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Simple Harmonic/Spring Question

  1. Feb 10, 2005 #1
    http://www.quantumninja.com/hw/random/34.JPG

    I was hoping someone could help me with those two problems

    I am not sure how to start 3. Here is what I have done with 4 so far...

    [tex] \sum F= -kx-mg [/tex]

    [tex] k=245 [/tex]

    [tex] \sum F= -kx-mg [/tex]

    [tex] \sum F= 34.3 [/tex]

    F=ma
    [tex] F=m x(double prime) [/tex] where [tex] x= Acos(\omega t + \theta) [/tex]

    after that I am lost

    Please help
    thx
     
  2. jcsd
  3. Feb 10, 2005 #2

    dextercioby

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    HINT for 4.U don't need the differential equation.Nor the acceleration of gravity.

    Daniel.
     
  4. Feb 11, 2005 #3
    Are you doing this for a course in physics, or differential equations?

    If it's for an elementary physics course, as dextercioby said, solving that differential equation is a lot more work than you need to do.

    The period of a simple harmonic oscillator is given by

    [tex]T = \frac{2 \pi}{\omega}[/tex]

    and [tex]\omega = \sqrt{ \frac{k}{m}}[/tex]

    =======================================================

    As for #3, put your calculator away & visualize the motion of the particles. Slide your fingers around if necessary. Concentrate on the meanings of frequency, amplitude, displacement, and phase difference.

    Think, what do they mean by "each time their displacement is half their amplitude". When does that happen?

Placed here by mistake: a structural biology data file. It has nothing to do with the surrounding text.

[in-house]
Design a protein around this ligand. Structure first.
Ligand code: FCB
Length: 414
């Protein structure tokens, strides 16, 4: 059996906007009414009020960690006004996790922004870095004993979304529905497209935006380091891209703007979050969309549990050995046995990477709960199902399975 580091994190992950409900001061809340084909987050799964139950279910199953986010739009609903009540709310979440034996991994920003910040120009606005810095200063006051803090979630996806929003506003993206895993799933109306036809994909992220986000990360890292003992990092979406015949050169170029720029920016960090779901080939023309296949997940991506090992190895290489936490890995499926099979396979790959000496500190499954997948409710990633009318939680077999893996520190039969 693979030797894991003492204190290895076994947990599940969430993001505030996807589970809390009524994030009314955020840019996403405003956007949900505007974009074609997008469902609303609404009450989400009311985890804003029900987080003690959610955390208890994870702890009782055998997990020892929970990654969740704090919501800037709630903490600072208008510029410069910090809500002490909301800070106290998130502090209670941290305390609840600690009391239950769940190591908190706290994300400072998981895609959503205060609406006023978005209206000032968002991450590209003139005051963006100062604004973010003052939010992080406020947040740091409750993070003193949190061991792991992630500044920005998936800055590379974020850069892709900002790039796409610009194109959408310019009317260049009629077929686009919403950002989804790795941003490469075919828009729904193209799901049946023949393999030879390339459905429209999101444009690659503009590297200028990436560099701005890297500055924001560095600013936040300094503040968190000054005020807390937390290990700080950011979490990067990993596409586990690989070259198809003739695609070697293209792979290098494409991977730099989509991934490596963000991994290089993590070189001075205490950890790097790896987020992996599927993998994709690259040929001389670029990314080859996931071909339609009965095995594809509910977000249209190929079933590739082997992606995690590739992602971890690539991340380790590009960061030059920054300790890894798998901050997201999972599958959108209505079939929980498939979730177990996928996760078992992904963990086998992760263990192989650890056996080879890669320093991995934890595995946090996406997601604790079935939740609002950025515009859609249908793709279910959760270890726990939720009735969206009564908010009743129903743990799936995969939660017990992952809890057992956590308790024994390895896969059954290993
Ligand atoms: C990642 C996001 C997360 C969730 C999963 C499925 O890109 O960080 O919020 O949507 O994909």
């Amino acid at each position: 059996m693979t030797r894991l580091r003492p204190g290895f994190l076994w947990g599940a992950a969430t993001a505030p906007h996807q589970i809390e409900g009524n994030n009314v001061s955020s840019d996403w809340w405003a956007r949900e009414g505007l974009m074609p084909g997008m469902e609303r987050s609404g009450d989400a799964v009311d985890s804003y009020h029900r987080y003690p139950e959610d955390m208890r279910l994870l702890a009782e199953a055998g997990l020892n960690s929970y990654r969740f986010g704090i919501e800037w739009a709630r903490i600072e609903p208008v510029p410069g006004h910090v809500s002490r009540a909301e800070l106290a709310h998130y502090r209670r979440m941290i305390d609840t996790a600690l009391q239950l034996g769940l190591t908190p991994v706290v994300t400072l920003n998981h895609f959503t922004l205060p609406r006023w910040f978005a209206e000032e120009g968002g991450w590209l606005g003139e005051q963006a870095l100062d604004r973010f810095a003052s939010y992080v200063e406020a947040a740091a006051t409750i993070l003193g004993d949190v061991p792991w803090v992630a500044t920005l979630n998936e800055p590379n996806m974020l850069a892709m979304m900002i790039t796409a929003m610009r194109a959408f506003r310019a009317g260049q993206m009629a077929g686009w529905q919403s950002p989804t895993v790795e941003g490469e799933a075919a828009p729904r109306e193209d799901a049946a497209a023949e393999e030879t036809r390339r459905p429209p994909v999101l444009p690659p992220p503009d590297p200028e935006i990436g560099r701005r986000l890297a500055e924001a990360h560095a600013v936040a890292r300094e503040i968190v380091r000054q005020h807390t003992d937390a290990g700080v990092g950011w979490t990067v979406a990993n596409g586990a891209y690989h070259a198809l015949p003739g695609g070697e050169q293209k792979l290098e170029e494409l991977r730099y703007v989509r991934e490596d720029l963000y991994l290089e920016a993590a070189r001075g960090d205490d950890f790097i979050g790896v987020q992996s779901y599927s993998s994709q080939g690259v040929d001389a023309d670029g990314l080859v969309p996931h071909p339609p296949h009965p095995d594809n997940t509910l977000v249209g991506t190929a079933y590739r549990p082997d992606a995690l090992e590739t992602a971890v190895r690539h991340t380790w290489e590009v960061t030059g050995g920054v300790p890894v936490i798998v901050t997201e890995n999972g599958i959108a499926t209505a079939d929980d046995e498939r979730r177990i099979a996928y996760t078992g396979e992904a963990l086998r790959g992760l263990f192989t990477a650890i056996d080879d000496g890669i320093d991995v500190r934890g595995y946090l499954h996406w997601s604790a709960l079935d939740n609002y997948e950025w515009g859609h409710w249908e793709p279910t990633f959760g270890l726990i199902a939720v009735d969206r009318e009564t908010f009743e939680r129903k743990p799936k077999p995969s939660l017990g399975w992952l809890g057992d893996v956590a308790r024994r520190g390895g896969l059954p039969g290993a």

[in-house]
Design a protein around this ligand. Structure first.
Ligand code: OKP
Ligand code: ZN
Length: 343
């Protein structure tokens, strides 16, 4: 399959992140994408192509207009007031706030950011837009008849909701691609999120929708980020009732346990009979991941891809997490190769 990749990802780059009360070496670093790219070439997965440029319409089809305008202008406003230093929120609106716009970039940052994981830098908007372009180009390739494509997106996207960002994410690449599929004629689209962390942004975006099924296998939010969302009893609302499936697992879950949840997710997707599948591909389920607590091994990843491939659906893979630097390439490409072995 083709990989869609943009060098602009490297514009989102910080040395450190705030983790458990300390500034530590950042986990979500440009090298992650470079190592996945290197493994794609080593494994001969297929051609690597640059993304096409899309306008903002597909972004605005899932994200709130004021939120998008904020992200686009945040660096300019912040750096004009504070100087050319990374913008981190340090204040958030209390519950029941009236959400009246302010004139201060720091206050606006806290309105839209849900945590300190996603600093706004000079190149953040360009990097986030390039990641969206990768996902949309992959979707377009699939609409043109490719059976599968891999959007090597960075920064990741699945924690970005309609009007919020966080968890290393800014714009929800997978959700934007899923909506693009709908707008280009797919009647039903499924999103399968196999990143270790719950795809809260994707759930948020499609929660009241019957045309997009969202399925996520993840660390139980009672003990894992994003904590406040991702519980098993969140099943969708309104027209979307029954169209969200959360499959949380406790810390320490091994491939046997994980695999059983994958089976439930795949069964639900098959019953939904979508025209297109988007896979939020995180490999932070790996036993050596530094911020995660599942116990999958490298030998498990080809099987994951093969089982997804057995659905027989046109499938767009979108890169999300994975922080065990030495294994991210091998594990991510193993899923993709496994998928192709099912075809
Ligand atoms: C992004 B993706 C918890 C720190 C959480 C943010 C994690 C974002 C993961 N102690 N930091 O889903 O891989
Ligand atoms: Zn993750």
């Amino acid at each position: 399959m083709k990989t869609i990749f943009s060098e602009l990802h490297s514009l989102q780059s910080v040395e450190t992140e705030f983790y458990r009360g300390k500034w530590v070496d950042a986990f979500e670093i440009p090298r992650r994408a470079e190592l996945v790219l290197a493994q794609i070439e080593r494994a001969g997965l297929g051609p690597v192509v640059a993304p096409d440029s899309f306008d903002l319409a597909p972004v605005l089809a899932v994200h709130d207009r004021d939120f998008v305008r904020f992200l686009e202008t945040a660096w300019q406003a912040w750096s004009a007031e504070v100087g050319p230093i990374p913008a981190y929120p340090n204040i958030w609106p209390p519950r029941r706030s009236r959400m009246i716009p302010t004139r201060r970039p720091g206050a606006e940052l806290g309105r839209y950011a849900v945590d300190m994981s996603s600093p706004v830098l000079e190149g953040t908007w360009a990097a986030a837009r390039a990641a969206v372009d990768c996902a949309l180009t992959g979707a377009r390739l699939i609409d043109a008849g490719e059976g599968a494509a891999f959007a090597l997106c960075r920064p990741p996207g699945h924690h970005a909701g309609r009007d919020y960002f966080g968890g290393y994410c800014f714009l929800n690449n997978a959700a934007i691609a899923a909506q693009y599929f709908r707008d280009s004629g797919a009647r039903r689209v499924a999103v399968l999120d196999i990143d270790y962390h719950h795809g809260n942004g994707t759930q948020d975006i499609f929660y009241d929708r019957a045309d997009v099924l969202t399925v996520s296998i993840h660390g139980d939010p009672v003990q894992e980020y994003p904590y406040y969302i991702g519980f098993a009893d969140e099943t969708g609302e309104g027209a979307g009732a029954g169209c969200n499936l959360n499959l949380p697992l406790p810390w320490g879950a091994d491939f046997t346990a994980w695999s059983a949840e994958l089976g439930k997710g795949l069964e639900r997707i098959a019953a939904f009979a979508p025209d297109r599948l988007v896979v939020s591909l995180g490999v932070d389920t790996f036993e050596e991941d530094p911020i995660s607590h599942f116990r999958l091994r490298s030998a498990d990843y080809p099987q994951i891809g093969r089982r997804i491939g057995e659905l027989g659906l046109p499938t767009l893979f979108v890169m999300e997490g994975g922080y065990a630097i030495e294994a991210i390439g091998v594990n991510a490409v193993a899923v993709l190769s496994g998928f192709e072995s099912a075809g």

Last edited: Feb 11, 2005
  5. Feb 11, 2005 #4
    ok for number 4 according to what I believe you meant

    is it just

    [tex] \omega = \sqrt{490} [/tex]

    and therefore

    [tex] T= \frac{2\pi}{\sqrt{490}} [/tex]
     
  6. Feb 11, 2005 #5
    For number 3 I have been looking at the equation

    [tex]x=X_{m}cos(\omega t + \phi)[/tex]

    Am I going about this the right way. I know there should be a simple set here, but I am missing it
     
  7. Feb 11, 2005 #6
    Stop looking at equations. What does this mean:
    "They pass each other going in opposite directions each time their displacement is half their amplitude."

    It says the frequencies and amplitudes are equal, right? Let's say you have two particles A and B and the period of each one is 4 seconds (just making up a number) and the amplitude is just the length of this:

    [tex]================================[/tex]​

    Redraw that a few times & try marking on each one the positions of the two particles at each time for t=0, t=1, t=2, t=3, t=4 (seconds)
     
  8. Feb 11, 2005 #7
    [tex]\frac{2\pi}{3}[/tex]
     
  9. Feb 11, 2005 #8
    I am getting [tex]\pi[/tex]
     
  10. Feb 11, 2005 #9
    Tom, it's hard to help you if I don't know how you're thinking about it.

    Suppose the particles are oscillating with a frequency of .25 cycle/s

    Suppose at time 0 two particles A and B are at opposite ends of the line:

    T=0...A========================B


    Where will they be at these times:


    T=1s....========================

    T=2s....========================

    T=3s....========================

    T=4s....========================
     
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